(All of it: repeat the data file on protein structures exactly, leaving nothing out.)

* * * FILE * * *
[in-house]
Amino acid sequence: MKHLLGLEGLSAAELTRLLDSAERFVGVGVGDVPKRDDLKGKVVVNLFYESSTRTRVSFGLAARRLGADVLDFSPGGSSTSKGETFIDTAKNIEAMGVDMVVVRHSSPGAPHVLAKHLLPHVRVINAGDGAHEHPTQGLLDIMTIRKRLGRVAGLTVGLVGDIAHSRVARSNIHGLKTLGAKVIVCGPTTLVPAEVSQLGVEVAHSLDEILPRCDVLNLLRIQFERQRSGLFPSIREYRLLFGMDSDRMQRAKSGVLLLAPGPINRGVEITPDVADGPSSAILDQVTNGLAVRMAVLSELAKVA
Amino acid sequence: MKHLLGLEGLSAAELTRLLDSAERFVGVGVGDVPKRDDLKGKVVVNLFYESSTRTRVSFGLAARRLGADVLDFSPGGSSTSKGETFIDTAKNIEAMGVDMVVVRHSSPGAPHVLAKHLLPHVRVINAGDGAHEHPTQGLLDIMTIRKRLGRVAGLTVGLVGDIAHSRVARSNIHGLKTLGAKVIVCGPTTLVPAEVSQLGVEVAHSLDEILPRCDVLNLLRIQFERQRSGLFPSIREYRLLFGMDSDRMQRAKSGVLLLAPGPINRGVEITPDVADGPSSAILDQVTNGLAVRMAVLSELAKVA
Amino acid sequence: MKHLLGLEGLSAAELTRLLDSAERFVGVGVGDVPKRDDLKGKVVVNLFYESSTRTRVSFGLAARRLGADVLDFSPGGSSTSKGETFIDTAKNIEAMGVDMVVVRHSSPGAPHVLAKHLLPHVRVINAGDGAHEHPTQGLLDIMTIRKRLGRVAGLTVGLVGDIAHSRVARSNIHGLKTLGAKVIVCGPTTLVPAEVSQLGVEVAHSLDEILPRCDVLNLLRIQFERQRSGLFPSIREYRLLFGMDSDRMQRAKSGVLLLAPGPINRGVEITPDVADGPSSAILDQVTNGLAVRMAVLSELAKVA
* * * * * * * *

[in-house]
Amino acid sequence: MKHLLGLEGLSAAELTRLLDSAERFVGVGVGDVPKRDDLKGKVVVNLFYESSTRTRVSFGLAARRLGADVLDFSPGGSSTSKGETFIDTAKNIEAMGVDMVVVRHSSPGAPHVLAKHLLPHVRVINAGDGAHEHPTQGLLDIMTIRKRLGRVAGLTVGLVGDIAHSRVARSNIHGLKTLGAKVIVCGPTTLVPAEVSQLGVEVAHSLDEILPRCDVLNLLRIQFERQRSGLFPSIREYRLLFGMDSDRMQRAKSGVLLLAPGPINRGVEITPDVADGPSSAILDQVTNGLAVRMAVLSELAKVA
Amino acid sequence: MKHLLGLEGLSAAELTRLLDSAERFVGVGVGDVPKRDDLKGKVVVNLFYESSTRTRVSFGLAARRLGADVLDFSPGGSSTSKGETFIDTAKNIEAMGVDMVVVRHSSPGAPHVLAKHLLPHVRVINAGDGAHEHPTQGLLDIMTIRKRLGRVAGLTVGLVGDIAHSRVARSNIHGLKTLGAKVIVCGPTTLVPAEVSQLGVEVAHSLDEILPRCDVLNLLRIQFERQRSGLFPSIREYRLLFGMDSDRMQRAKSGVLLLAPGPINRGVEITPDVADGPSSAILDQVTNGLAVRMAVLSELAKVA
Amino acid sequence: MKHLLGLEGLSAAELTRLLDSAERFVGVGVGDVPKRDDLKGKVVVNLFYESSTRTRVSFGLAARRLGADVLDFSPGGSSTSKGETFIDTAKNIEAMGVDMVVVRHSSPGAPHVLAKHLLPHVRVINAGDGAHEHPTQGLLDIMTIRKRLGRVAGLTVGLVGDIAHSRVARSNIHGLKTLGAKVIVCGPTTLVPAEVSQLGVEVAHSLDEILPRCDVLNLLRIQFERQRSGLFPSIREYRLLFGMDSDRMQRAKSGVLLLAPGPINRGVEITPDVADGPSSAILDQVTNGLAVRMAVLSELAKVA